• Don’t Overdo the Exercise. If you regularly train, either strength or cardio, this is not the time to be working towards a PB in a strength exercise or a PR in an event. Don’t go out and try to win KOM honors on Strava for your daily ride. Super intense workouts that leave you beat up for a day or two tend to weaken the immune system a little.   This is a time for people who regularly exercise/train to work on base building and work on correcting any weaknesses that they may have.

me sandbagRight now, I’ve been walking my talk while I’ve been working from home. We have been trying to be good about what we are eating in our house and have tried to stay to the healthier food in our every 7-10 day food runs. This helps limit the in between meal snacking. I’ve been doing some sort of exercise every day, getting the kids out for long walks or bike rides. Some of the workouts are mine alone such as kettlebell workouts, rides on my bike on the trainer, and I am starting to work my way through a deck of Bruteforce Sandbag workout cards that I had received as a stocking stuffer from my wife. Stay safe, be smart, and wash your hands.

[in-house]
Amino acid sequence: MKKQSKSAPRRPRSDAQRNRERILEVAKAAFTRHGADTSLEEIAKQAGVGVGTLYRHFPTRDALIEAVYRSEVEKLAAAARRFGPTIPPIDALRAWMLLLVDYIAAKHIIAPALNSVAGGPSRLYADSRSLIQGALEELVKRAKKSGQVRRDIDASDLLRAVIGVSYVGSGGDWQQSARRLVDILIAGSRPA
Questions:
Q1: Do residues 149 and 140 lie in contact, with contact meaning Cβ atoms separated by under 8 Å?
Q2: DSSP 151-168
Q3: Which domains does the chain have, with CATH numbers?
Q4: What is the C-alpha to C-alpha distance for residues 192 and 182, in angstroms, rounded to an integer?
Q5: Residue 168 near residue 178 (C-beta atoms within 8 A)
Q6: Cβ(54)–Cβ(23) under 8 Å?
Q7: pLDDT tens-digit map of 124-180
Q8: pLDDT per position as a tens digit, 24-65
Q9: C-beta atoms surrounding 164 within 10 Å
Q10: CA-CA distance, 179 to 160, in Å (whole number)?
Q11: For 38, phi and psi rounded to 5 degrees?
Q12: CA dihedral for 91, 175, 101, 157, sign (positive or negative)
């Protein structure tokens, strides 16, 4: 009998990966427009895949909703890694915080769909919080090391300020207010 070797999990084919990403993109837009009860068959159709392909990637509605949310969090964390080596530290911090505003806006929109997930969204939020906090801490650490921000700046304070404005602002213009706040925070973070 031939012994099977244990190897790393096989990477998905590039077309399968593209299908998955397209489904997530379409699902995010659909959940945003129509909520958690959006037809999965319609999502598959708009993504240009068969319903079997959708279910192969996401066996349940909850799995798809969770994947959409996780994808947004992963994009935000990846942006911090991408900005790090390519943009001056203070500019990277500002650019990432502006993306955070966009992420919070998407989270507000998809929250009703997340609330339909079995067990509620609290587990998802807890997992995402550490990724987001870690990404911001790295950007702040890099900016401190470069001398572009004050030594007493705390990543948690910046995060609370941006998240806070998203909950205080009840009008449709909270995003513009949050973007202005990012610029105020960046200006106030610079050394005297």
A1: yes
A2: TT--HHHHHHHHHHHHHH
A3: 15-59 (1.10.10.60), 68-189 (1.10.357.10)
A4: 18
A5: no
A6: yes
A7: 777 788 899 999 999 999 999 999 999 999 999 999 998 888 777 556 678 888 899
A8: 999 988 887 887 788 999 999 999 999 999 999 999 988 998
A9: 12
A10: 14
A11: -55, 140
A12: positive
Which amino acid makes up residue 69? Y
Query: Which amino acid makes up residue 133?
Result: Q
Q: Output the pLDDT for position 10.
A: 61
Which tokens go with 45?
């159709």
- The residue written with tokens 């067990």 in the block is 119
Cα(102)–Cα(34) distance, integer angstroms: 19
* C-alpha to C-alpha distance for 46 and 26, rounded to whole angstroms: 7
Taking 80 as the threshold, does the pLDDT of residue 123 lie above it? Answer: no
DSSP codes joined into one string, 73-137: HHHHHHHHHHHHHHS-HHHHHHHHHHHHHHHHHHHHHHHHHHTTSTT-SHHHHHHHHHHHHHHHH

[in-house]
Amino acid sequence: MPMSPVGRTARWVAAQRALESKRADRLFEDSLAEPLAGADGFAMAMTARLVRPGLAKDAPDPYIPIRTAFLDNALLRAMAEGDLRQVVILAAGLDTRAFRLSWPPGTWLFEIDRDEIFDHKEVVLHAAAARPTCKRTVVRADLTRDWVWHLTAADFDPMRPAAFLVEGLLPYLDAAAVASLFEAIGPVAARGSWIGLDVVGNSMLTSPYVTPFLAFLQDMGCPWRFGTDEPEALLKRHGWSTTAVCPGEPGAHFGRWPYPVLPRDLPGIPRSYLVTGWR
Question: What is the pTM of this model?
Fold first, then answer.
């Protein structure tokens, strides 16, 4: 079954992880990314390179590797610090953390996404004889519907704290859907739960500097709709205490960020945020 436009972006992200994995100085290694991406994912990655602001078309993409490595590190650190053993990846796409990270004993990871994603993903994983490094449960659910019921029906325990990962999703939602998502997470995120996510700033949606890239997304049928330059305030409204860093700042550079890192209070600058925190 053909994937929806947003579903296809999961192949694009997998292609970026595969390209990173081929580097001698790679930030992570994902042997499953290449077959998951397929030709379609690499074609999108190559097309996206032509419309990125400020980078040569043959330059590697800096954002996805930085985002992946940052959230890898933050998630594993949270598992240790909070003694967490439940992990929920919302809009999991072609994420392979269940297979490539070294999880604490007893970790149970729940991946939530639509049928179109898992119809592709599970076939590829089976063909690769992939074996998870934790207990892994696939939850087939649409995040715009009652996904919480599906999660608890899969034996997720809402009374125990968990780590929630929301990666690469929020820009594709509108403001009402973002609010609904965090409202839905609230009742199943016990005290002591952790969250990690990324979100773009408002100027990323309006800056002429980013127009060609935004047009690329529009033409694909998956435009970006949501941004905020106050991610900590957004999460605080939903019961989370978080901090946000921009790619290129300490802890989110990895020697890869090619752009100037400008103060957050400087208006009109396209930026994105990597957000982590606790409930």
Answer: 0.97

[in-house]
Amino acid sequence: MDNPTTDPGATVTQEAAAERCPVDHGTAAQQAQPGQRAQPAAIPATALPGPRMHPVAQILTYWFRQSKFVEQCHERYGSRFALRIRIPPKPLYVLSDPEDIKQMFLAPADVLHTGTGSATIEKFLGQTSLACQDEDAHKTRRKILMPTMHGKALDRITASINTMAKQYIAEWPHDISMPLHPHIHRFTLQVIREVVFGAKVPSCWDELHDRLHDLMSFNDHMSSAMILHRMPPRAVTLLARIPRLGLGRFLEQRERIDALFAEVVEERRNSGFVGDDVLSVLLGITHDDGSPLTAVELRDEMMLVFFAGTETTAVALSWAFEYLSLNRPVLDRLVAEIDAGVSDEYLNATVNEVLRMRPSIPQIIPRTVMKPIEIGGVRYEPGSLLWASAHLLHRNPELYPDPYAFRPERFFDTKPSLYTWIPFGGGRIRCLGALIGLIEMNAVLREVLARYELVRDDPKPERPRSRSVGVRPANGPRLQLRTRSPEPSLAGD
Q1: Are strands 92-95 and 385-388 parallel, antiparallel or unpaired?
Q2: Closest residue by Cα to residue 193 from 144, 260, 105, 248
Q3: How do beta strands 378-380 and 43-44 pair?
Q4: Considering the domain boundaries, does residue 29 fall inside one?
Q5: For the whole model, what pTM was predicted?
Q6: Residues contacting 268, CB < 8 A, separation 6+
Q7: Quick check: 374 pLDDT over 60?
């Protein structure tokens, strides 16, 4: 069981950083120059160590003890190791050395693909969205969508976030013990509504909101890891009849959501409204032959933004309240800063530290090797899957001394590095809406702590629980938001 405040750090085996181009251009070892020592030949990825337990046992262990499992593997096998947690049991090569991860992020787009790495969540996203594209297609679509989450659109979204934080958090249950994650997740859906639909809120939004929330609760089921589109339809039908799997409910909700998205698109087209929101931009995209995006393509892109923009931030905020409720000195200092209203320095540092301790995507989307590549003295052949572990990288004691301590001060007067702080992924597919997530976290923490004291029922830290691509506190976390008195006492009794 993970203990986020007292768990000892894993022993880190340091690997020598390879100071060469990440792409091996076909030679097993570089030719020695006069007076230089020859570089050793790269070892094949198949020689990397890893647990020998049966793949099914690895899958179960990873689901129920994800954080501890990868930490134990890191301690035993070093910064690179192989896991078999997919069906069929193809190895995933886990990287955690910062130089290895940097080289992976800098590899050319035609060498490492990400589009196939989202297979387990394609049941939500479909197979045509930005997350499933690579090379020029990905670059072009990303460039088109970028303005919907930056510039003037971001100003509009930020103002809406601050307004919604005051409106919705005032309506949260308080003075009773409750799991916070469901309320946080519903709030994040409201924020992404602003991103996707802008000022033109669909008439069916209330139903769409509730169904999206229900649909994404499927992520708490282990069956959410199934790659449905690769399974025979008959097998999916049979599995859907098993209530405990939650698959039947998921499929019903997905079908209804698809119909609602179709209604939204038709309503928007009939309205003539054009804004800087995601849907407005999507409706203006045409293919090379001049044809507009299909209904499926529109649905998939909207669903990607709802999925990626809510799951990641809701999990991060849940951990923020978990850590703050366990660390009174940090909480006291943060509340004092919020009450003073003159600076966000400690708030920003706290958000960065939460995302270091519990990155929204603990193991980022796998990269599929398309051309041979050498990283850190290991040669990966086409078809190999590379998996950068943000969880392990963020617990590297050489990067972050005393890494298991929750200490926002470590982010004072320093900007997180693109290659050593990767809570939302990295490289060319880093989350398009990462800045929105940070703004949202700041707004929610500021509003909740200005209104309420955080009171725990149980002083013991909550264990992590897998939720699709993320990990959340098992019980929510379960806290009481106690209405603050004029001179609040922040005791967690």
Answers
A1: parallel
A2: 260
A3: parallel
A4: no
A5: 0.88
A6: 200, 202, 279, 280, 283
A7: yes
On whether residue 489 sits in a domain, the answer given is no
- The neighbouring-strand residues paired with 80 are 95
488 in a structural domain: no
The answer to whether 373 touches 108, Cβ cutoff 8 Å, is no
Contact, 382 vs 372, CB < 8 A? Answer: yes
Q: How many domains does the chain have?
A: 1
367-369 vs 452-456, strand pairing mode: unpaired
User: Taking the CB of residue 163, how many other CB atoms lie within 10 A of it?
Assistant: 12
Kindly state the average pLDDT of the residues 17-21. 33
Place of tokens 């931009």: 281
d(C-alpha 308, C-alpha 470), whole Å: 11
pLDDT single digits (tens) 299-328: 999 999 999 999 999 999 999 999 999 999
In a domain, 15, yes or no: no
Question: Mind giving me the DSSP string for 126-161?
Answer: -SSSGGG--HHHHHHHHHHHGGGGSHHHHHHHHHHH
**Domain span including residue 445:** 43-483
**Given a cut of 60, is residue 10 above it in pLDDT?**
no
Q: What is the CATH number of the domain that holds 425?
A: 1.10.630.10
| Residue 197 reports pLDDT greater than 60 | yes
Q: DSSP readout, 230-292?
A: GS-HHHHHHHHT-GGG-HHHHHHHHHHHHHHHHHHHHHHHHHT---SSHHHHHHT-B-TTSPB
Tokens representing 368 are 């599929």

If you have any questions about what type of exercises are appropriate to stay in work shape for a particular type of job, drop me an e-mail at quin@njergonomics.com.

Friday Five – 3/10/17

The Friday Five is a set of five links that I have come across this week that pertain to ergonomics, occupational health, safety, human performance, or human factors.  For whatever reason, I found them interesting, but they are provided with minimal or no commentary and are not meant to be endorsement for a given product.

The news media this morning had several stories noting that beginning in July medical residents may work consecutively from 16 hours to 24 hours.  Interestingly, there were many medical residents that were in favor of this change.   Taking this change to resident’s shifts and the upcoming changing of the clocks for Daylight Saving Time, this Friday Five is focused on shift work.

Some residents looked forward to the increased hours as a way of reducing mid-case handoff of ER cases due to hitting the 16 hour mark.  A research letter by Charlie Wray, DO et al. in JAMA looked at handoff policies for residents at hospitals as implemenation of these practices, despite guidelines, is left to each hospital to implement.

A study published last year investigated the effect of hours per week worked by an admitting resident on patient outcomes.  It found that individuals admitted by residents working 80+ hours per week had longer hospital stays and more ICU transfers than those admitted by residents working less than 80 hours per week.  However, there did not appear to be a relationship between hours worked and 30 day readmission rates or in-hospital mortality rates.